"Between Two Worlds: Dayton's Vietnamese-American Community" will be rebroadcasted on Dayton's ThinkTV channel 16 on Tuesday, December 8, 2016 at 9:30 p.m.
The Asian and Native American (ANA) Center at Wright State University extends a warm welcome to all students, faculty, staff and friends. The ANA Center also serves as a gathering place and an information center for the Asian Student Association (ASA) and the Association of Native American Students (ANAS) student organizations. Follow the ANA Center pages on Facebook and Twitter.
About the Center
The ANA Center, the youngest cultural center at Wright State University, was created in the fall of 1997 to support the academic, social, and cultural needs of Asian and Native American students, faculty, and staff at the university. It also serves as an informational resource center regarding the Asian and Native American experience and creates an appreciation and understanding of the diverse Asian and Native American cultures represented within the community. The center also plays a vital role in serving as a cultural liaison to the university and Dayton communities.
Who are Asian Americans and Native Americans?
Asian Americans are U.S. citizens or permanent residents who have at least one parent of Asian descent. Native Americans have Indian blood of tribes indigenous to the U.S. or have Indian ancestors. The term “Native Americans” denotes groups served by the Bureau of Indian Affairs, including American Indians and Alaskan Natives (Indians, Eskimos, Aleuts of Alaska).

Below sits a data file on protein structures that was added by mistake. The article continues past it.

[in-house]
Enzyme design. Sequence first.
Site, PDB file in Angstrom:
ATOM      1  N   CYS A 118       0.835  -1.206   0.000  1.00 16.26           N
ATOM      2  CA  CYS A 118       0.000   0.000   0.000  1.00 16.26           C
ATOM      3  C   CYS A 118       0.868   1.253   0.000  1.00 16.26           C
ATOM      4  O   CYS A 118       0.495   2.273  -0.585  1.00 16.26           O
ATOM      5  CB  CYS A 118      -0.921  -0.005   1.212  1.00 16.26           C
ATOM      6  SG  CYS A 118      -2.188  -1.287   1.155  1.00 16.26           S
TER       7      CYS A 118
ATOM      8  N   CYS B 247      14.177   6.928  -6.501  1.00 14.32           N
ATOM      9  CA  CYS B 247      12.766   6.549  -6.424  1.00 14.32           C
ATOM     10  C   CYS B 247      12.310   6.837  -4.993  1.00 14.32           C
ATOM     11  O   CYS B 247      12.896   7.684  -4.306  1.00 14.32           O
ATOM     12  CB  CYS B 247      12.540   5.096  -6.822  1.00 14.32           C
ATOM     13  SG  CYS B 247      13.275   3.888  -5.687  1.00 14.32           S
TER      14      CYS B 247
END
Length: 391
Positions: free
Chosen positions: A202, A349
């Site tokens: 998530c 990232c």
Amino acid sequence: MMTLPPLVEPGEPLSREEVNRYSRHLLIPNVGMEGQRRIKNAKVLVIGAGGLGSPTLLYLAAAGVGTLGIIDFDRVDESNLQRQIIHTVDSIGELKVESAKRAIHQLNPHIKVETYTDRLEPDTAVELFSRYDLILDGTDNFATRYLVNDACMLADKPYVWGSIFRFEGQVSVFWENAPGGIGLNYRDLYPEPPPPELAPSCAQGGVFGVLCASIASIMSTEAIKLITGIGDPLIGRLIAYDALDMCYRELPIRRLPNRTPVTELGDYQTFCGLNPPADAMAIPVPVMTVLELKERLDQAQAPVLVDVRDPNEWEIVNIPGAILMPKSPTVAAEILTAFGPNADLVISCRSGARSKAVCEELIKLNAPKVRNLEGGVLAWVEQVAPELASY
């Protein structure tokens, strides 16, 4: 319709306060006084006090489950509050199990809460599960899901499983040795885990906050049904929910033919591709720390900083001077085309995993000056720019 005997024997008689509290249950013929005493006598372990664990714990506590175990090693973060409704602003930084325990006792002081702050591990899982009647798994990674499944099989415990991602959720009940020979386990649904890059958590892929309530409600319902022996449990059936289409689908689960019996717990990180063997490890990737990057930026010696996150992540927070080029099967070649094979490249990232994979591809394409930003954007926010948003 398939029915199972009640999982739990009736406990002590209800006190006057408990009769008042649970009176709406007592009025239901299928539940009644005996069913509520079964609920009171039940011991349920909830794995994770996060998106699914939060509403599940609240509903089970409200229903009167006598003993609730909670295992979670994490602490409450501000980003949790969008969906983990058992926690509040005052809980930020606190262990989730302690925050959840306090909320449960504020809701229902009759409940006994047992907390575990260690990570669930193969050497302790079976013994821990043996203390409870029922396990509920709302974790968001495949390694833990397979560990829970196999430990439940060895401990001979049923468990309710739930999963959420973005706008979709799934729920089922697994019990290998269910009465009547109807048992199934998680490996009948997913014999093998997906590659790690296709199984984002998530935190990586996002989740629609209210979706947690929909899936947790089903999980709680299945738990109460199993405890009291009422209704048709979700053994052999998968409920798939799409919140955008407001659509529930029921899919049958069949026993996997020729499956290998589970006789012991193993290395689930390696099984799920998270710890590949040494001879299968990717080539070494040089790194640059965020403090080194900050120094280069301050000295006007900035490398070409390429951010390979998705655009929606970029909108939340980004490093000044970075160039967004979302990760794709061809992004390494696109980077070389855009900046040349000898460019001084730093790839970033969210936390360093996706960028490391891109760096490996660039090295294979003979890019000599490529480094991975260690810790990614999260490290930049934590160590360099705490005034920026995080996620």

Be a Part of the Center
The ANA Center is located in 154 Millett and is open to the entire Wright State University and Dayton community. We invite you to become involved with us, to volunteer your time, and to share your ideas.
The Asian/Hispanic/Native American Center (AHNA) was founded at Wright State University in October 1997 to address the cultural and co-curricular needs of AHNA students, and to enrich the teaching and learning environment of the university in general. The Center grew out of the 1998-2003 Wright State University Strategic Plan, and responded to the Ohio Board of Regents' Master Plan, "The Challenge is Change," adopted by the University in September 1996, and the University's Three-C Challenge of Competence, Collaboration and Caring, articulated by President Harley E. Flack in his October 1994 inaugural address.
The Asian/Hispanic/Native American Center officially opened its doors to the university and surrounding community on October 27, 1997, inviting all to share in the history, experiences, and culture of the Asian, Hispanic, and Native American population.
In Fall 2015, when the Hispanic component of AHNA was moved to the recently created Office of Latino Affairs, the Asian/Hispanic/Native American Center changed its name to the Asian and Native American Center (ANA).
The Year of the Active Bystander
The school year at Wright State University has been designated the Year of the Active Bystander as part of stepped-up efforts to help students, faculty and staff respond productively to prejudice they encounter in their daily interactions.
The designation by Wright State’s Division of Multicultural Affairs and Community Engagement comes in the wake of the public and the federal government’s increasing calls for accountability in making universities free from violence, harassment and discrimination.
Active Bystandership can help in combatting any harmful or unjust act such as acts of racism, sexism, or homophobia ...